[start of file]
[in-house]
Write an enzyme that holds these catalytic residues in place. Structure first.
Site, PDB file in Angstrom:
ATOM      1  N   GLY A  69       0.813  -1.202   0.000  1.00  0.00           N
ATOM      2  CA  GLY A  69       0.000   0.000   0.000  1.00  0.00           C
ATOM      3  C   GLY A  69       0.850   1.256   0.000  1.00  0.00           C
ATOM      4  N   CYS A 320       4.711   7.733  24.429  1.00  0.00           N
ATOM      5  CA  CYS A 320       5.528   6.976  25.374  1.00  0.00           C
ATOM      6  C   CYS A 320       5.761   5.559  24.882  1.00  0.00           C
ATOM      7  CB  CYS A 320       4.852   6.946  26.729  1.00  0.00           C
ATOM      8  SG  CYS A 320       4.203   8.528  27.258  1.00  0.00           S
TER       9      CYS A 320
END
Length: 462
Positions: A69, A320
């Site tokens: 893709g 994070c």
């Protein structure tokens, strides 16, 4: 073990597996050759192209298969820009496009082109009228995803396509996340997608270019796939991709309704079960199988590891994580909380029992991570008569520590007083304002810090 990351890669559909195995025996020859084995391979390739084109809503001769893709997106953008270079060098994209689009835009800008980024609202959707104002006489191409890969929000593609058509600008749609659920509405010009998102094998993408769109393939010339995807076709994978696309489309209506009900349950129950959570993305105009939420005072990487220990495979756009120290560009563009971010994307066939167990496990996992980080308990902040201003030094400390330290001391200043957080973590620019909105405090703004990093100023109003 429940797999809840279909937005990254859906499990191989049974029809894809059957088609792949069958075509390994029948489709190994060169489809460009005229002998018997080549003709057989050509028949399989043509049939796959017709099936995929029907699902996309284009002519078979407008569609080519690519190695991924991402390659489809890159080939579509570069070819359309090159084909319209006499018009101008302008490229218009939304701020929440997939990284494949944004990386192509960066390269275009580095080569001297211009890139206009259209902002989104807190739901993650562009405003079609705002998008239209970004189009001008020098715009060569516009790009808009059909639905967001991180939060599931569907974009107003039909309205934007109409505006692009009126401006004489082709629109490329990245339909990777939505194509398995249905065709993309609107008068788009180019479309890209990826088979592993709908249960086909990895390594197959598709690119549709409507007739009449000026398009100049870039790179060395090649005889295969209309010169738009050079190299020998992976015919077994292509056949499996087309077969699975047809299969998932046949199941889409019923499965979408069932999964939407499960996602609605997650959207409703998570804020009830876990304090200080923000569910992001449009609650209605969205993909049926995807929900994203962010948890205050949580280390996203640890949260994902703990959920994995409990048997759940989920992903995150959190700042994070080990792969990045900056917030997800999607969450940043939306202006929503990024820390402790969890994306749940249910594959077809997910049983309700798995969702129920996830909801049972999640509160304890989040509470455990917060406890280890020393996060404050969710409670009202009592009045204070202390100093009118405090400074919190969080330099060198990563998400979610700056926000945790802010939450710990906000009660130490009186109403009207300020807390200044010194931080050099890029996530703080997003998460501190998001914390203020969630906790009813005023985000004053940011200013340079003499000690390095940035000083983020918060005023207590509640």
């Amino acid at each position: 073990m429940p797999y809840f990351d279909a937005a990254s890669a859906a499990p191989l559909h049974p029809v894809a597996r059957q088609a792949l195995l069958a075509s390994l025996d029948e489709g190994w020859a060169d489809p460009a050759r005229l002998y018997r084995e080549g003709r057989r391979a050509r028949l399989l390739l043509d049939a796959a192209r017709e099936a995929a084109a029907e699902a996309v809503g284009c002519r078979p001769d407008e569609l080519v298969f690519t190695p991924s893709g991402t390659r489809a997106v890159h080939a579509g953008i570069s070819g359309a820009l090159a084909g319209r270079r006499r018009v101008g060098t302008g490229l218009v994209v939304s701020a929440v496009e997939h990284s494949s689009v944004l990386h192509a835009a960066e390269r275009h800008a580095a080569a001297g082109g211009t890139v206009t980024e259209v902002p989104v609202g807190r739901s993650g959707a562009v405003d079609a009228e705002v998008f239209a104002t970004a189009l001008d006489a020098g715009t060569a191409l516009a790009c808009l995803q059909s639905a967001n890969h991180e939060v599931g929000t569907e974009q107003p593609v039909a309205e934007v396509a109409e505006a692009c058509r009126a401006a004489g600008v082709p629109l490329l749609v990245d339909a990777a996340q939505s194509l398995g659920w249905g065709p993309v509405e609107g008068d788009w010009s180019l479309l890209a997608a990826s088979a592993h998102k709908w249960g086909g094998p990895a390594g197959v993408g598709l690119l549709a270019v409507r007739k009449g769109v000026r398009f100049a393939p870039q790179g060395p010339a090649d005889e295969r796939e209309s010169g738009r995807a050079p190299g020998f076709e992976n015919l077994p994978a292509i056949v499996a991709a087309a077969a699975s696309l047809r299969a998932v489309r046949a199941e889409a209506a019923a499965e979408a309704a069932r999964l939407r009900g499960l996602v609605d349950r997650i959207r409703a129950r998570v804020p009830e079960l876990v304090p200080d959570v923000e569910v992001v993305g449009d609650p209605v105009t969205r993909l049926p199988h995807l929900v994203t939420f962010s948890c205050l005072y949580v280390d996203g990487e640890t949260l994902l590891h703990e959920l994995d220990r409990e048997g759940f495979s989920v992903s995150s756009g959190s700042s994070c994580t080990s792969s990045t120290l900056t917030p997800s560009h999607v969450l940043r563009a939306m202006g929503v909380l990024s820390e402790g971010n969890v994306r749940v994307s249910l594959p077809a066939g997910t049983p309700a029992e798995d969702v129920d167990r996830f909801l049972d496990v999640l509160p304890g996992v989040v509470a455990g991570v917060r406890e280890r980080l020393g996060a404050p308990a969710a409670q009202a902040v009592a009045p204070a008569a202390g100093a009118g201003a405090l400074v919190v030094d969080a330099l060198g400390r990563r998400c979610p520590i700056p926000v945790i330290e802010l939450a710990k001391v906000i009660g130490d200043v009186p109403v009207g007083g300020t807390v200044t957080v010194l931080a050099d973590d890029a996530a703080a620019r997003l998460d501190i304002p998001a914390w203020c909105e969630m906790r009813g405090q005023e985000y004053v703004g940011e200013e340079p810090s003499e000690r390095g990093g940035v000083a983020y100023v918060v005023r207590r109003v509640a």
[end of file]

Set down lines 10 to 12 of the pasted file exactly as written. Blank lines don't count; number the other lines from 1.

ATOM      7  CB  CYS A 320       4.852   6.946  26.729  1.00  0.00           C
ATOM      8  SG  CYS A 320       4.203   8.528  27.258  1.00  0.00           S
TER       9      CYS A 320